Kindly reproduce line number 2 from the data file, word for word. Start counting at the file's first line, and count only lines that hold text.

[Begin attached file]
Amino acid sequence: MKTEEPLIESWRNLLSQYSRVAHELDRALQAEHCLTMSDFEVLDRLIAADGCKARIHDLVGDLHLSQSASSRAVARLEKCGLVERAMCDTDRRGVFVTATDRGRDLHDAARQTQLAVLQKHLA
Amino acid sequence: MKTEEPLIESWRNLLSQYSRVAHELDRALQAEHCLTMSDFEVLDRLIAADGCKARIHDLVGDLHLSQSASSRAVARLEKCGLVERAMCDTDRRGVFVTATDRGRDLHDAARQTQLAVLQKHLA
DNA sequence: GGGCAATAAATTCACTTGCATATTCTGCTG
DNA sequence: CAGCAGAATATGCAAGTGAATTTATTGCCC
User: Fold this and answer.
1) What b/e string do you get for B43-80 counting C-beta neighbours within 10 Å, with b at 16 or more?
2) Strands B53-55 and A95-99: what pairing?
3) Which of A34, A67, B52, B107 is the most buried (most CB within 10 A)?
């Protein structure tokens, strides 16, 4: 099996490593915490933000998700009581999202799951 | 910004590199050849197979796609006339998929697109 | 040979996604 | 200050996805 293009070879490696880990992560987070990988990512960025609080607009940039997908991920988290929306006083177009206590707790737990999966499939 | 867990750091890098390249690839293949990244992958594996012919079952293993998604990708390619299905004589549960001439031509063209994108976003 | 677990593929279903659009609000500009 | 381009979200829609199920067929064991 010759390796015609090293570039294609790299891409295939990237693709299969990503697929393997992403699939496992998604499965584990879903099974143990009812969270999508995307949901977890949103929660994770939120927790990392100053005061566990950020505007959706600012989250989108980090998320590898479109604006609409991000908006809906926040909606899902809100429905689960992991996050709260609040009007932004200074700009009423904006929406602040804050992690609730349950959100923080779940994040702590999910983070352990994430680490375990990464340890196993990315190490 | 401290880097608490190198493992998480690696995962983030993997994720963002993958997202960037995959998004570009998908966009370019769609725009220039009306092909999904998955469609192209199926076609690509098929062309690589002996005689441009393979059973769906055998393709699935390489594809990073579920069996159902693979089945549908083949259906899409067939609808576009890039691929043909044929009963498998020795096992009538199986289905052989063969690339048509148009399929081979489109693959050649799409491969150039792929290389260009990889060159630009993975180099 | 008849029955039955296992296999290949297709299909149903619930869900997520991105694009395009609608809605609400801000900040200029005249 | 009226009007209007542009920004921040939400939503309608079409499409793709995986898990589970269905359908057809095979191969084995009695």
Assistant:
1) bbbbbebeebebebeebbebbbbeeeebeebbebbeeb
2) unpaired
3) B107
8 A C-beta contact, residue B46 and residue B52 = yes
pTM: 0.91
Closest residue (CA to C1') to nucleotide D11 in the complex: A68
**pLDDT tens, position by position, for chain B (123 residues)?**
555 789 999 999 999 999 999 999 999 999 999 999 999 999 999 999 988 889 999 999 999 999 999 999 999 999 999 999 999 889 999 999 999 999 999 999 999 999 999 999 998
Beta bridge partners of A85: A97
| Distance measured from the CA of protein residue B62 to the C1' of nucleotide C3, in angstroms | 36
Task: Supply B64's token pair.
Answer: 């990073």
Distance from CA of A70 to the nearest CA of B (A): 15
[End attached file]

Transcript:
Amino acid sequence: MKTEEPLIESWRNLLSQYSRVAHELDRALQAEHCLTMSDFEVLDRLIAADGCKARIHDLVGDLHLSQSASSRAVARLEKCGLVERAMCDTDRRGVFVTATDRGRDLHDAARQTQLAVLQKHLA